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Offering our food

Offering our food

Part of a series of short talks about the meaning and purpose of the food offering prayers that are recited daily before lunch at Sravasti Abbey.

  • How to visualize while offering food
  • Remembering that the Buddha is our teacher, the whole lineage comes from him
  • How the Dharma is our real refuge
  • How much we learn by observing the good example of others

After we do the five contemplations and prepare our mind with the right attitude for eating and generate the right motivation, then we pay homage to the Buddha, Dharma, and Sangha with the first three verses that we chant. Then the fourth verse is the actual offering verse. It says,

To the supreme teacher, the precious Buddha,
To the supreme refuge, the holy precious Dharma,
To the supreme guides, the precious Sangha,
To all the objects of refuge we make this offering.

Before we started the chanting part where we do the three homages to the Buddha, we did the actual consecration of the food. After the five contemplations, before we chant (the homage verses), we visualize the food dissolving into emptiness, appearing as blissful wisdom nectar. If you have highest class tantra initiation then you do the visualization of the inner offering. And if you can chant really fast you can chant the inner offering. Anyway, it concludes with “om ah hung, om ah hung, om ah hung.” We imagine the syllables OM (crown), AH (throat), HUNG (heart) for the Buddha’s body, speech, and mind dissolving into the bowl and transforming all of the food into the blissful wisdom nectar. So by the time we get to this verse, verse four of the chanting, now we’re going to offer that bowl of blissful wisdom nectar.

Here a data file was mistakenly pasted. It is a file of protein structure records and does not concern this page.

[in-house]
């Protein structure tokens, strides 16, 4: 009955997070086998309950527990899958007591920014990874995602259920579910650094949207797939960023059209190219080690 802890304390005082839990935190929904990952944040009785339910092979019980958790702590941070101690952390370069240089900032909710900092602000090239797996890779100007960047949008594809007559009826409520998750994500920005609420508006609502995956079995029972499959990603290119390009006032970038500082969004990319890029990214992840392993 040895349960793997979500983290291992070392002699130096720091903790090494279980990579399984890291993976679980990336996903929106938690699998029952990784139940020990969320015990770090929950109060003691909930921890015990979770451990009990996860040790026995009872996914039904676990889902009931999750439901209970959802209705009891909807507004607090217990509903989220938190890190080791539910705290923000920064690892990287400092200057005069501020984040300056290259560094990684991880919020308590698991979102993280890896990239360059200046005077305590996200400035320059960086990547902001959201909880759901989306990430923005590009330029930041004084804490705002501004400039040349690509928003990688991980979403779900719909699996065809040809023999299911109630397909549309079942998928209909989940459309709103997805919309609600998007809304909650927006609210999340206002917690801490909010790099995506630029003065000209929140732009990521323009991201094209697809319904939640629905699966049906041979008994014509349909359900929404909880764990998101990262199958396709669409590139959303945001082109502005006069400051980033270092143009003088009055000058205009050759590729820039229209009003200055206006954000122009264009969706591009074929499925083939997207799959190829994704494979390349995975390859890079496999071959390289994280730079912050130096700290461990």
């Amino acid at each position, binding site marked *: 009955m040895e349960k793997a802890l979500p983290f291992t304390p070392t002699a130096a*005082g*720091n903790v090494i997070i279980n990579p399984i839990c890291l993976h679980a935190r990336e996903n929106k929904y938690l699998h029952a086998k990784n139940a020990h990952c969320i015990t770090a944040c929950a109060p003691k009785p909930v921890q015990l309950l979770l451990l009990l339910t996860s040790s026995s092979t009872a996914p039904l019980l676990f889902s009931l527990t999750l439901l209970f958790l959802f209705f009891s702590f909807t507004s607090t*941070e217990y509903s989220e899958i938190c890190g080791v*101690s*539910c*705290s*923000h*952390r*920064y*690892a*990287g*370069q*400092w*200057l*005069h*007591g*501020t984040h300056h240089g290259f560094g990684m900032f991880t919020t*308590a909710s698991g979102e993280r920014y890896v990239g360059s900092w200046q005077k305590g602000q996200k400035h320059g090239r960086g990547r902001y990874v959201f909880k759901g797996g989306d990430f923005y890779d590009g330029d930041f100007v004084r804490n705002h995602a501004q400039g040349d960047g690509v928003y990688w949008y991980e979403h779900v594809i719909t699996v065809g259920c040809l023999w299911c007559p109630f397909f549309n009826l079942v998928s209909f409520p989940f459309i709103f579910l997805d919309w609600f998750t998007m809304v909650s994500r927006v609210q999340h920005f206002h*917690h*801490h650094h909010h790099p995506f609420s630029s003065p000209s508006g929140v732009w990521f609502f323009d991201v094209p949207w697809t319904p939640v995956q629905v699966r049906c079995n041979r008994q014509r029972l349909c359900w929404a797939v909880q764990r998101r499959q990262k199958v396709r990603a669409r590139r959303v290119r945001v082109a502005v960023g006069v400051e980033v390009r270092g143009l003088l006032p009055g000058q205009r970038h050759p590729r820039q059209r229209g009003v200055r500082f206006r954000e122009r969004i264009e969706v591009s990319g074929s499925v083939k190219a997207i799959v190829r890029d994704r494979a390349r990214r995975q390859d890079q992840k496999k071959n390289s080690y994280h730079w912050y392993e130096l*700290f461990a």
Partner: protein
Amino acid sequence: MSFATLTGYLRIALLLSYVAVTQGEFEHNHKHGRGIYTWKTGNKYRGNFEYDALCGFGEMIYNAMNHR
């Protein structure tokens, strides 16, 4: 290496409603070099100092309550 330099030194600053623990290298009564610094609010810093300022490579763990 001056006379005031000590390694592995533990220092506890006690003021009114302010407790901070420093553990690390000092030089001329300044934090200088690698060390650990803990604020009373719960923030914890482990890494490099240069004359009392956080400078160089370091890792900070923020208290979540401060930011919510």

The supreme teacher

We offer it to the supreme teacher, the precious Buddha. The Buddha is often called the teacher. I like that. He’s the teacher. His Holiness often says—(because) sometimes people are confused about who their teacher is because they’re just beginning and going around—and he says the Buddha’s our teacher. We always come back to the Buddha is our teacher. That’s why on our altars the Buddha is front and center. Even like in the Kwan Yin room where we have a large Kwan Yin statue, above Kwan Yin we have the Buddha. Remember, everything, the whole lineage, comes from the Buddha.

He’s the Supreme Teacher. When you think about all the teachers you’ve had in your life, starting from your parents who teach you how to tie your shoes and potty train you, and how to walk and talk, and so on. Those teachers have all been very kind to us and contributed to our well being immensely. But none of them have the ability to lead us to full awakening, to lead us out of the unsatisfactory state of samsara.